12. May 4, 2009 #11
    Then you get the same contradiction as noticed by OP: Light oscillations become slower at higher elevations, but clock rates become faster at higher elevations. How could that be?
     
  13. May 4, 2009 #12
    How about this? A clock on the ground is used to generate a light wave at a frequency related to the the local ground clock rate or period...i.e. frequency = 1 / period. The wave travels upwards to orbit and becomes lower in frequency. An observer in orbit measures this lower frequency against his local clock and observes that the ground clock has lower frequency and thus is operating slowly compared to his local clock which is designed to generate the same frequency. So he concludes the ground clock is running slow and the ground crew concludes that the spaceman's clock is running fast.
     
  14. May 4, 2009 #13
    This is not quite right. If the gravitational time dilation factor is 10 times greater lower down then when the machine gun is fired for one full second at a rate of 10 bullets per second (as measured by the watch of the gunman at the bottom, then the bullets will arrive at a rate of one bullet per second at the top, over a total period of 10 seconds as measured by the watch of the observer at the top.

    Somtimes the observed redshift of photon frequency higher up is explained as a stretching of the wavelength of the photon (bigger gaps between the crests) as it rises and while increased wavelength is true it is not the whole story because the slowdown of the rate of the arrival of the bullets at the top can not be explained by an increase in wavelength. The fact is, clocks lower down really do run slower relative to clocks higher up in a very physical sense. It is also true that if identical twins were separated at birth and one placed low down in the gravitational field and one higher up, then when they get back together again, one could be a young boy that is 10 years old and the other one could be an old man that is 100 years old with grey hair and all that. See page 118 of this Google book http://books.google.com/books?id=0J_dwCmQThgC&printsec=frontcover#PPA118,M1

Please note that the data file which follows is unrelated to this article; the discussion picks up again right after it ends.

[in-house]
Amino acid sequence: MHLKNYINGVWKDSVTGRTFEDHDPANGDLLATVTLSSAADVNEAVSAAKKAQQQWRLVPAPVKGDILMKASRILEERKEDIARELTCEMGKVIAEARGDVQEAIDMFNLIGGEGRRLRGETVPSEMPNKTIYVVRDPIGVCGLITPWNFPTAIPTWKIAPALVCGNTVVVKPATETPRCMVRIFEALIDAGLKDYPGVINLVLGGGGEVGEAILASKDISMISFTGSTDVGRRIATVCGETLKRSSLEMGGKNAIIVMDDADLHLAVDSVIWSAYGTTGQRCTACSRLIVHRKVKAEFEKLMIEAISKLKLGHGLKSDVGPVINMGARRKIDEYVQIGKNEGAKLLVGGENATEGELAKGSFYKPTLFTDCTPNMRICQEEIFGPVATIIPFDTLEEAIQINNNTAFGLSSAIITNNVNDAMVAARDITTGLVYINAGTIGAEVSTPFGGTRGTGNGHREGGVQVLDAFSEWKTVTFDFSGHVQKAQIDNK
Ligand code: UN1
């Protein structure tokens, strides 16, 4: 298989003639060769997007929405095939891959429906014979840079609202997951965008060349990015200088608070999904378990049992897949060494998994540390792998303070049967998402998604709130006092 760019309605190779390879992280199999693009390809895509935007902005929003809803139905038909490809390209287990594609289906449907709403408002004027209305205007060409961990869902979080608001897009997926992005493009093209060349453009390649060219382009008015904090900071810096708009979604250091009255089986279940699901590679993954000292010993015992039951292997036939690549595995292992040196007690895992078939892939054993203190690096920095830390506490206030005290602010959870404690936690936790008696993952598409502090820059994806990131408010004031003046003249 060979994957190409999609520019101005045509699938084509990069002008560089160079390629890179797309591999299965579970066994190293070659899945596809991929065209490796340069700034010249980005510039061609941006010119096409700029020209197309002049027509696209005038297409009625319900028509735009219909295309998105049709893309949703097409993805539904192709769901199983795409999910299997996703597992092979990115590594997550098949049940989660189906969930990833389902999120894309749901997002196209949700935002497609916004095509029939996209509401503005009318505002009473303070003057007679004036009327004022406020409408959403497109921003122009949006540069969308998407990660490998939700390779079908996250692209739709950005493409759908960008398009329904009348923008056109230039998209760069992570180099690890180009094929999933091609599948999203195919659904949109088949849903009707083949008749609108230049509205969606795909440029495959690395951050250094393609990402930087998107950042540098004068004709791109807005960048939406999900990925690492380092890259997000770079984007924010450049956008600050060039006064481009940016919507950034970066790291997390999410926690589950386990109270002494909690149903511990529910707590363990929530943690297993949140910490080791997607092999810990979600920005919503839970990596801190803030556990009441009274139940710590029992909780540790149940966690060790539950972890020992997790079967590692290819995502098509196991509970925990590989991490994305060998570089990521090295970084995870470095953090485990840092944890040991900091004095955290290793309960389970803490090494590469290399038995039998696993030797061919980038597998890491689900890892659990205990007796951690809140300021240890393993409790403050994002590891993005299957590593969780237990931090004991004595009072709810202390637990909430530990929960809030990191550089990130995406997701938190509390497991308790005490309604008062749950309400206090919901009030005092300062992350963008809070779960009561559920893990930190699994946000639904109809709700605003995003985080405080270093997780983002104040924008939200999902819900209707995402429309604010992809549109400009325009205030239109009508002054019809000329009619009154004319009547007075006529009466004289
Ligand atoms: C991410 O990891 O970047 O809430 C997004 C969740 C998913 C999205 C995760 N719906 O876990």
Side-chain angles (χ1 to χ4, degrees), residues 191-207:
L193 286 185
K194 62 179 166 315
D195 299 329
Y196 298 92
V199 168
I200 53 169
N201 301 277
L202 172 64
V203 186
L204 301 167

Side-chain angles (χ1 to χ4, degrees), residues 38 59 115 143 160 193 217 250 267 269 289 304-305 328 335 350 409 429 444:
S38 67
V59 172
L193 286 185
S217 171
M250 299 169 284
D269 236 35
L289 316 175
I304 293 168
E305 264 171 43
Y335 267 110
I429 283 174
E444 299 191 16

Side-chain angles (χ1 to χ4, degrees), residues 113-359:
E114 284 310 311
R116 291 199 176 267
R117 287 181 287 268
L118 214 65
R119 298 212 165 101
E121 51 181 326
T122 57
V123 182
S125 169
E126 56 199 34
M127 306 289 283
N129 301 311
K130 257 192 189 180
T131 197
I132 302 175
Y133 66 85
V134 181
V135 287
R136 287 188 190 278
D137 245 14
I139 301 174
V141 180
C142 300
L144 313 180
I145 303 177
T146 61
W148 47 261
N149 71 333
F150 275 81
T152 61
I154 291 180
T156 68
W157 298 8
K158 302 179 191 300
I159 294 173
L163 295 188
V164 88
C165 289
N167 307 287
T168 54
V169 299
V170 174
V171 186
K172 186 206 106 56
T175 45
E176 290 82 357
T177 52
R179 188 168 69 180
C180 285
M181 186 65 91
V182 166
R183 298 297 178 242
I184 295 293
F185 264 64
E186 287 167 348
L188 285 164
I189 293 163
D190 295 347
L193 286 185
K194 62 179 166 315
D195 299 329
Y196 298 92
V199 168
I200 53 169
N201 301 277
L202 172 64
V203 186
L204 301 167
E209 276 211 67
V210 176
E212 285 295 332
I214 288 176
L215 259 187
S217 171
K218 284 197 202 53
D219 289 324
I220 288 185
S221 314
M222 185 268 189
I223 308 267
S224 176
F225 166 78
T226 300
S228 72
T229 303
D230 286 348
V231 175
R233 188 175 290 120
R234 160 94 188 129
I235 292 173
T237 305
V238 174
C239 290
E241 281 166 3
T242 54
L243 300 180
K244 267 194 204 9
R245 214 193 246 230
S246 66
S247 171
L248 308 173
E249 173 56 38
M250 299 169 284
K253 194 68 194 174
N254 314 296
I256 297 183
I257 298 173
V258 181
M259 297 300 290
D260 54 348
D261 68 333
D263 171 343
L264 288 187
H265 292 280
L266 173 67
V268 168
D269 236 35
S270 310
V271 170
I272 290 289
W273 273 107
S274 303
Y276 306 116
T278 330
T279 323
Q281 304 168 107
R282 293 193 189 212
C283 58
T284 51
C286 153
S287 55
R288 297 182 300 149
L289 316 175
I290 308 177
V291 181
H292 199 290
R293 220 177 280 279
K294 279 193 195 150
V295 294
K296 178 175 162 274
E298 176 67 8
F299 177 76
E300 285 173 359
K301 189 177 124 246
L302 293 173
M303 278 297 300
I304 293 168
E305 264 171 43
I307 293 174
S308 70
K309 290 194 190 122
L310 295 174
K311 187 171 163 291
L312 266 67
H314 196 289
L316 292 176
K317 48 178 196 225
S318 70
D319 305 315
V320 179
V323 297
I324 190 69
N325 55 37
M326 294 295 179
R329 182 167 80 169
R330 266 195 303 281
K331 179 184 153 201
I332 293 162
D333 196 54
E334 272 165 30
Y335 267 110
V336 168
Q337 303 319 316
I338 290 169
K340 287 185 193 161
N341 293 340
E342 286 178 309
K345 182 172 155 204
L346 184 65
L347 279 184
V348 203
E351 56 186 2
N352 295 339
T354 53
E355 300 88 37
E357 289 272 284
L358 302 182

Note in the machine gun example (nice example by the way) that 10 bullets left the bottom and 10 bullets arrived at the top, so no missing bullets and by analogy, no additional or missing wave crests.
     
    Last edited: May 4, 2009
  15. May 4, 2009 #14
    Here is an experiment you can do. Get 2 people without a watch or clock to measure the drip rate of a leaking tap (frequency) using some rough method such as their heart pulse to estimate the drip rate. The chances are that they might come up with 2 different drip rates even though they are measuring the same thing. The speed of the clock used to make the measurement affects the measurement. The faster the clock used to make the measurement, the slower the apparent frequency of the phenomena being measured. In relativity, you can not always trust the measurements that are made by clocks because speed and gravity alter the rate clocks run at.
     
  16. May 4, 2009 #15

    Dale

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    Yes.

    No, this is backwards.

    Consider two clocks that are each shipped from the factory as 10 MHz clocks (10 million ticks per second). Clock A ships intact but clock B is dropped in shipment and now runs slow at 5 MHz (only 5 million ticks per second). Clock A is used as a modulator to broadcast a 10 MHz signal and clock B is used as a demodulator to recieve it. So, what frequency does clock B measure? In the time that B ticks 5 million times it recieves 10 million cycles of the broadcast from A, so B (thinking that 5 million ticks is half a second) calls the recieved frequency 20 MHz. So the clock that ticks slow is the one that measures a signal as being higher (blueshifted).
     
  17. May 4, 2009 #16

    diazona

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    As others have said, there is no contradiction.

    At higher elevations, if the light oscillations are slower (than the clock rates), then the clock rates are faster (than the light oscillations).
     
  18. May 4, 2009 #17
    I think we fully agree here. Let me summarize what different observers see:

    Observer at the bottom: 10 bullets are fired per second and they hit the target 10 times per second.

    Observer at the top: 1 bullet is fired per second and they hit the target 1 time per second.

    Observer very far away (where the gravity field is absent): 1 bullet is fired each 10 seconds and they hit the target a the rate 0.1/second.

    So, we conclude that each observer agrees that the frequency of bullets does not change in the course of their travel through the gravitational field. However, observers disagree about the numerical value of this frequency. This is because each observer uses its own clock to measure time or frequency. The clock rate depends on the gravitational potential. "One second" at the bottom (large negative gravitational potential) lasts 100 times longer than "one second" measured by the clock in space.